Drawdown also comes with a real risk of running out of money if you don’t manage what you’re withdrawing carefully. This means being reliant on the state pension, which will likely see a drop in your standard of living. As your pension remains invested the value of it and any income you receive can go down and up in value, so although you may benefit from any growth your pension can also drop in value.

One of the big benefits of pension drawdown is that when you die, any money left in your pot can be passed on to your family. If you die before you reach the age of 75, this money can be paid to them tax-free, but if you die after 75, they’ll usually have to pay income tax on it.

Your pension also remains invested while you are drawing from it, meaning your pension savings can continue to have the potential to grow in value during your retirement. Drawdown money may also be protected from inheritance tax (IHT), as it’s considered to be outside your estate.

Drawdown money may also be protected from inheritance tax (IHT), as it’s considered to be outside your estate.

Pros and cons of annuities

The biggest advantage of an annuity is that you know exactly how much income you’re going to receive, as this income isn’t dependent on investment performance. However, if you die soon after buying an annuity, unless you have a certain type of contract in place, your income will stop at that point. Annuity rates can go up and down. If you buy an annuity when rates are low, and then they rise, you’ll have missed out on the chance of getting a higher income.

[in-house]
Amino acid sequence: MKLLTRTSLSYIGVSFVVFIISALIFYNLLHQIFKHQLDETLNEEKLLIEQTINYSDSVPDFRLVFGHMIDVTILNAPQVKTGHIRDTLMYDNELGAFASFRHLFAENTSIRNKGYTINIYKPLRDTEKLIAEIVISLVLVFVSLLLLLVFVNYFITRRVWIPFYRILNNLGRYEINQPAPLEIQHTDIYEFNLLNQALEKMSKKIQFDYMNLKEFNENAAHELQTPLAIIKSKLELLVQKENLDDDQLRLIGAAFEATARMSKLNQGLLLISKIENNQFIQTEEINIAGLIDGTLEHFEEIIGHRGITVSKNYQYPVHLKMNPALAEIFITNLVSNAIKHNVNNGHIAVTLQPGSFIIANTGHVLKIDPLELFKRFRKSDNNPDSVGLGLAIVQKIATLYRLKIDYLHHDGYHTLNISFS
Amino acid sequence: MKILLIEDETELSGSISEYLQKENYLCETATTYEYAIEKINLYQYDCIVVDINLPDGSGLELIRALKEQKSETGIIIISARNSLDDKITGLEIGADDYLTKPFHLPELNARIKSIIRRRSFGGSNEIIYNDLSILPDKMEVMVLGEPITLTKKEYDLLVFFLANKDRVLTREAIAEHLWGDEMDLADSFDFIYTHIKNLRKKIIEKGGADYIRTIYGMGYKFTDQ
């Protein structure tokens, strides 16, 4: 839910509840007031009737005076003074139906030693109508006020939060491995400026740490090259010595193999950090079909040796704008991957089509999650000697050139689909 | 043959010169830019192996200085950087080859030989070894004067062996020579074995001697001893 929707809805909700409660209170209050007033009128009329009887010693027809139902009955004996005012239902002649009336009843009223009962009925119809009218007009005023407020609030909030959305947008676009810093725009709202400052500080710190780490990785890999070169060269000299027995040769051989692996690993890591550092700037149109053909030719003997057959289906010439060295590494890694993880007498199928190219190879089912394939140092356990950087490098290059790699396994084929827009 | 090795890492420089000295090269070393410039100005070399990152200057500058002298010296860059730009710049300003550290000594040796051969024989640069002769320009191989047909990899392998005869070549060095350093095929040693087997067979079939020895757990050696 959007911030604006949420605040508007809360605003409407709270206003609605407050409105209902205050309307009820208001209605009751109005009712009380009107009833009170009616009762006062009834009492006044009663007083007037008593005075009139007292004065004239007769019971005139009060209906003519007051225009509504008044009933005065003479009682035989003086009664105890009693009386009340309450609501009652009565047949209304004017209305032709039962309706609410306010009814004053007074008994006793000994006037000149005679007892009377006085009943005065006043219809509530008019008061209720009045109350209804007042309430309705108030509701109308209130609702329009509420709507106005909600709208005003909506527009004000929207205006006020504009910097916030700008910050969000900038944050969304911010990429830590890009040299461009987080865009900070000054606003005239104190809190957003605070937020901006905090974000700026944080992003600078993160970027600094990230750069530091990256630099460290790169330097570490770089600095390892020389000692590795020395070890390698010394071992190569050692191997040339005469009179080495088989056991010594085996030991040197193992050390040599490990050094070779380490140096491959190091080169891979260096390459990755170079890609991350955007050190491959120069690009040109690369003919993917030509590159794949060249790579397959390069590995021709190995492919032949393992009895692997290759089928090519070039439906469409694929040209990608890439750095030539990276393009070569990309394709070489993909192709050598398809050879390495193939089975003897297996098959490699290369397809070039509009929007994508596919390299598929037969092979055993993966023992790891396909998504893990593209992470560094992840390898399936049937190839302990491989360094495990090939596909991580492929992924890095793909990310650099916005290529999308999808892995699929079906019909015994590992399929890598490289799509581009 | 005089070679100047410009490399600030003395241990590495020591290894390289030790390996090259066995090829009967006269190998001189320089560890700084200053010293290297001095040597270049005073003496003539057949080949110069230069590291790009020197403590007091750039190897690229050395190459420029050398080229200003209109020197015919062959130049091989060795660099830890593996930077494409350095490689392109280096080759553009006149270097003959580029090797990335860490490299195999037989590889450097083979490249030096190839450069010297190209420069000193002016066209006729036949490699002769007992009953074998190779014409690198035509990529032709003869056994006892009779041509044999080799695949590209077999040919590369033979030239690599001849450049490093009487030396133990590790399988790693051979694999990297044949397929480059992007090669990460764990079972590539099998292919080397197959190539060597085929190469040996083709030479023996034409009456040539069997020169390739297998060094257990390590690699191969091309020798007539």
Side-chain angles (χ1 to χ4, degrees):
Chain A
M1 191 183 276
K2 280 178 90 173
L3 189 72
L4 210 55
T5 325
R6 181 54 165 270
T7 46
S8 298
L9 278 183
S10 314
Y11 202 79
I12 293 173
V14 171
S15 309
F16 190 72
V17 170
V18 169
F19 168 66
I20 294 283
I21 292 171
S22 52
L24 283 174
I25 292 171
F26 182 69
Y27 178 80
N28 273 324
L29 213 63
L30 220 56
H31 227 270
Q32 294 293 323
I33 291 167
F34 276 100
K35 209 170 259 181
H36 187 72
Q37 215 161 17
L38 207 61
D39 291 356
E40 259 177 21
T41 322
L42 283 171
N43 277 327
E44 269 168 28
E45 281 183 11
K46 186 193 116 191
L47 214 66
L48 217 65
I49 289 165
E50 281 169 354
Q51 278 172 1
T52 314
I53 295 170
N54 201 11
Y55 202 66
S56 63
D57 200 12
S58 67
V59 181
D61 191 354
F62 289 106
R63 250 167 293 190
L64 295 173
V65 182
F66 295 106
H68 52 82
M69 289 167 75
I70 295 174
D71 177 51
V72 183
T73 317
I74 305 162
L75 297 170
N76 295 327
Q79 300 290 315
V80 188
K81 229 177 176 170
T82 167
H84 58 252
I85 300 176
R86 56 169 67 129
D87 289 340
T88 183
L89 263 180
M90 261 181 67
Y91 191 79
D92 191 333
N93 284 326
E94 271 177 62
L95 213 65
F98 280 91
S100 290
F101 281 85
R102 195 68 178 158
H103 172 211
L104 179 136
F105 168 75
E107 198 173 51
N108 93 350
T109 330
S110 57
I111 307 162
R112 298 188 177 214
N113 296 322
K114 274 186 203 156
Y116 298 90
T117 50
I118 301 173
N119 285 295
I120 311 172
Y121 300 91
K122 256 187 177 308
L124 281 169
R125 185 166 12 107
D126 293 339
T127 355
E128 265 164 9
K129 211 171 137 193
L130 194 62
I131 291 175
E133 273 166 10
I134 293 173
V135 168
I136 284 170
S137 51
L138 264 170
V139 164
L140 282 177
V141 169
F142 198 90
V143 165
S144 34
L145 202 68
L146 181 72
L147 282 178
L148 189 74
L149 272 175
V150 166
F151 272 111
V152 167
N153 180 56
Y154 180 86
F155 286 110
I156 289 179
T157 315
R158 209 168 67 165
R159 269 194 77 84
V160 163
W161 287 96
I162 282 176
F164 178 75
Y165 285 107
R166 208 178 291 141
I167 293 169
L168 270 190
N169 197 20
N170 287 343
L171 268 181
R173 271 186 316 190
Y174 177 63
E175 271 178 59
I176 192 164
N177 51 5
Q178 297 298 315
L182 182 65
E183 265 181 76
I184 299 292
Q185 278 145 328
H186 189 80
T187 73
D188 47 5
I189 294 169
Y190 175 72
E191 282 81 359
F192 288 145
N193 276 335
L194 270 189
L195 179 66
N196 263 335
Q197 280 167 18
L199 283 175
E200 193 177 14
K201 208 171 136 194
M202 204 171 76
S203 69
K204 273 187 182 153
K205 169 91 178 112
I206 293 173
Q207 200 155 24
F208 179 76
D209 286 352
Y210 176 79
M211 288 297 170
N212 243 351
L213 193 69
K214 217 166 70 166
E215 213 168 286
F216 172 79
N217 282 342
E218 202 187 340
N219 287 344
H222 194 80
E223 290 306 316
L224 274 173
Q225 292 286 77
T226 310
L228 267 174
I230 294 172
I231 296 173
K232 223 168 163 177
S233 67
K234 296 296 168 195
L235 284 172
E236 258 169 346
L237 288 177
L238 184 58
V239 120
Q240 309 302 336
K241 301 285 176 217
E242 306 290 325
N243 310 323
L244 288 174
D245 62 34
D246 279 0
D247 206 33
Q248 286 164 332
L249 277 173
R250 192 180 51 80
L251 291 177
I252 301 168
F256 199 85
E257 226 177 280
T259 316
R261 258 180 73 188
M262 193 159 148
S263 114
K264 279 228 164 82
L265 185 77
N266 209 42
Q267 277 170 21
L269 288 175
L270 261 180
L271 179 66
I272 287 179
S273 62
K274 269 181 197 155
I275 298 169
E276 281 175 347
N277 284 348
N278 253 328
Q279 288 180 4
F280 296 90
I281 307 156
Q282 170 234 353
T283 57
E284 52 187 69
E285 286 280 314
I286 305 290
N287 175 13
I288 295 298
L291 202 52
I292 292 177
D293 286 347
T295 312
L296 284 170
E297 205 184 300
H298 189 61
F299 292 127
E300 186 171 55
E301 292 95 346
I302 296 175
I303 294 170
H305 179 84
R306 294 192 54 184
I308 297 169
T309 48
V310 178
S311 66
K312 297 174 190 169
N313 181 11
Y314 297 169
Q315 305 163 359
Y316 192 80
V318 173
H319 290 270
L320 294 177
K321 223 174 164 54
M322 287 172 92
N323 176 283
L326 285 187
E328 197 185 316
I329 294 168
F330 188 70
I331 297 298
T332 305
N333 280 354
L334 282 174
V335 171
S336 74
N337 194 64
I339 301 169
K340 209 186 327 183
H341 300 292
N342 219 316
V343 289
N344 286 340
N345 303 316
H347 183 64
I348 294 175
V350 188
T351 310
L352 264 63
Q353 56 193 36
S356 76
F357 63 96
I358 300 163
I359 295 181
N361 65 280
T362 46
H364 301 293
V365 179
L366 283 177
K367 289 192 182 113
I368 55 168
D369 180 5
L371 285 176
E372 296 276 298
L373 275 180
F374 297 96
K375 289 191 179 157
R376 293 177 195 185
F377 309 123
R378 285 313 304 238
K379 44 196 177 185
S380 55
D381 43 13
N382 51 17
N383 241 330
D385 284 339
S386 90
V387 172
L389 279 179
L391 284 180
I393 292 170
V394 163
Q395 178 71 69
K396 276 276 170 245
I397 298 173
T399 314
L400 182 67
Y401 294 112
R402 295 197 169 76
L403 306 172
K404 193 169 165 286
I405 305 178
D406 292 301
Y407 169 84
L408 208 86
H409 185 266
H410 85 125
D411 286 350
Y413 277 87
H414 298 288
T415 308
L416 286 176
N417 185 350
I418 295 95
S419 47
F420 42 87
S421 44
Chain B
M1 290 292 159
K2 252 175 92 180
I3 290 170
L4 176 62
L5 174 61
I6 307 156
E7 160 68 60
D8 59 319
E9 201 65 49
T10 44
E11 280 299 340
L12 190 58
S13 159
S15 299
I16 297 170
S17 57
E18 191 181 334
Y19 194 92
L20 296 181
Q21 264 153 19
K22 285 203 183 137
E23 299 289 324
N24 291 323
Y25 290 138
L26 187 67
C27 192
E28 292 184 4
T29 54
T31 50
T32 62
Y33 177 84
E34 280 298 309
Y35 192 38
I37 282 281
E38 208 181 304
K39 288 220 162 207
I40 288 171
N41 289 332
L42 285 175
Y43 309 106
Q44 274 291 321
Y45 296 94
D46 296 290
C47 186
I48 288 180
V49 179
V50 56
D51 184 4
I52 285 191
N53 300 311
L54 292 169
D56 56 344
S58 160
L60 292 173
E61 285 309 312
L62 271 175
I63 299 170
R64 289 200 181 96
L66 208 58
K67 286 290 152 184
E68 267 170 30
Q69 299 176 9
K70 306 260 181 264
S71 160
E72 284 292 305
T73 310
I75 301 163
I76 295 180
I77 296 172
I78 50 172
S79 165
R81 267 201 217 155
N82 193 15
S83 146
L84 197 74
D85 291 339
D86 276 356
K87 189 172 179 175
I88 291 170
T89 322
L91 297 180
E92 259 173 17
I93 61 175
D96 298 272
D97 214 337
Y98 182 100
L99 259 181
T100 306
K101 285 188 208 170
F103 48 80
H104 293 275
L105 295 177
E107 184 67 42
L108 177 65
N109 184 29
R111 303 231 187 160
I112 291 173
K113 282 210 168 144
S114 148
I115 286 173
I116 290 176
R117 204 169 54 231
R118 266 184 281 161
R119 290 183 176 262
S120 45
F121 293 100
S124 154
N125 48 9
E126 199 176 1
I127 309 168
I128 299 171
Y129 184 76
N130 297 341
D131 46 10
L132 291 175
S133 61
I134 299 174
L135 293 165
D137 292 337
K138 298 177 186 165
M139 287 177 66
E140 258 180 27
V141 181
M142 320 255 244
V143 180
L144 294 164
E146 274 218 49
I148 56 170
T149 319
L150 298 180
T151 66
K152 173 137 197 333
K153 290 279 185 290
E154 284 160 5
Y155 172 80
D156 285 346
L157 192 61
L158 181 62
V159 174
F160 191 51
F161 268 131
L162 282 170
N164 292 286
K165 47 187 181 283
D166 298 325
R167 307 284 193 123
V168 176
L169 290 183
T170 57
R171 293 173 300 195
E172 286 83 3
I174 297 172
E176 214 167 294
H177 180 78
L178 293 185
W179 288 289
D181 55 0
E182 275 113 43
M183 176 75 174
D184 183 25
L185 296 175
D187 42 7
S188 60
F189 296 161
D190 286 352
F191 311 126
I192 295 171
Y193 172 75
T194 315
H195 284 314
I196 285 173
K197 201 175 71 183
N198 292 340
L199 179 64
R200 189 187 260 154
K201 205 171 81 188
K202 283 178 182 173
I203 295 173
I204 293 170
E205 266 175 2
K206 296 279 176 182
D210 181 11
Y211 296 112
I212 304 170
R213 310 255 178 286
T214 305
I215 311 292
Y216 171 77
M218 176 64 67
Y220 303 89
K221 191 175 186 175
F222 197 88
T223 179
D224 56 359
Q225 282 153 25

Annuity rates have been declining in recent years, with income from annuities falling by 4.3% since the introduction of the Pension Freedoms in April 2015. This is because people are living longer, so providers aren’t prepared to give you as much income for your pension.

Which is right for me - drawdown or annuity

Whether you opt for drawdown or an annuity, or a combination of both, will depend entirely on your individual circumstances.

For example, if you want the security of a regular monthly income that won’t change, you might decide an annuity is right for you.

If, however, you think you want more flexibility over when and how much income you take, and are comfortable accepting that your pension’s underlying investments could fall as well as rise in value, you may prefer to go for pension drawdown.

Get pension advice

Choosing how you’ll take an income from your pension in retirement is a big decision and there are lots of options to choose from, so it’s vital to seek professional pension advice if you’re not sure which route to take.

An adviser can talk you through all the different things to consider and recommend the best course of action based on your requirements. For some free pension guidance (not advice), visit Pension Wise. For expert pension advice and ongoing investment tips get in touch with us or just sign-up here, we can help you make you better off in retirement.